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March 31, 2010

Tanzanian sugar factory output up by 23 per cent

by Beldina Nyakeke

The Tanganyika Planting Company (TPC) raised sugar production to 78,000 tonnes in the 2008/09 season from 60,000 tonnes in 2007/08. It produced 49,650 tonnes in 200/01, says chief executive officer Robert Baissac.

The factory aims at increasing output to 80,000 tonnes a season. “After expanding the factory and plantations we are excepting to produce between 80,000 and 85,000 tonnes of sugar a year,” he says.

“The company has good infrastructure as well as sound relations between management and workers to enable it to achieve the goal,” he says.

Sh83 billion was invested between 2000 and 2004. Further investments were made in rehabilitating infrastructure and refurbishing staff quarters.
TPC also provides nursery education, food and educational materials. It also pays fees for workers’ children who learn vocational training.
However, poor rainfall is forcing the company to irrigate 7,800 hectares.

“Cane cultivation is difficult in new plantations due to water shortages and large quantities of sodium in the soil,” he laments. Such factors deter small-scale farmers from growing sugarcane.

TPC Limited, which was established 79 years ago, was registered in Denmark as A/S Tanganyika Planting Company Limited.
It started production in 1936 with the capacity of 4,000 tonnes of sugar.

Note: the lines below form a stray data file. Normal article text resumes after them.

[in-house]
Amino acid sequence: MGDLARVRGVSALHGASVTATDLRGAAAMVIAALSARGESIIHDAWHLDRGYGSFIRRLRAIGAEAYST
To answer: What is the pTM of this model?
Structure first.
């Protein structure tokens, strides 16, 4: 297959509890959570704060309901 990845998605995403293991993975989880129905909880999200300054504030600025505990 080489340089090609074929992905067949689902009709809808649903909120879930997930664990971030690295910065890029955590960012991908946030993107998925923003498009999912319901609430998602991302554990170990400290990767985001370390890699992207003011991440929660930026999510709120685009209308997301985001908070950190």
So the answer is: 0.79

In June 1973, it was registered in Tanzania as TPC Ltd which was owned by Danish A.P. Moller. In 1980 the government took it over. But as the economy was being reform, it was privatised to Sukari Investment Company Ltd (SIL) — a Mauritius-registered firm — which bought 75 per cent of shares in 2000.

SIL is owned by Deep River Beau Champ of Mauritius which own 60 per cent and Sucriere de la Reunion GQF of Reunion, which own 40 per cent.

By August 2009 TPC had 3,190 workers — 2,024 of them full-timers and the remaining temporary workers.

Meanwhile, 279,851 tonnes of sugar are produced a year in Tanzania.

However, Tanzania Sugar Board (TSB) director-general Mathew Kombe says as factories are being expanded output will reach 290,000 tonnes in 2009/10.

The country’s four major sugar factories in Moshi, Mtibwa, Kagera and Kilombero have a combined capacity of 400,000 tonnes annually while smaller plants can produce up to 2,000 tonnes. No reason has been given for companies’ production below capacity.

The Ministry of Industry, Trade and Marketing says sugarcane is grown on about 40,000 hectares.

The industry employs over 40,000 people directly.

TSB is surveying land for cultivating sugarcane on 8,000 more hectares, set up a factory and encourage outgrowers to plant the crop on 8,000 hectares.

The Citizen

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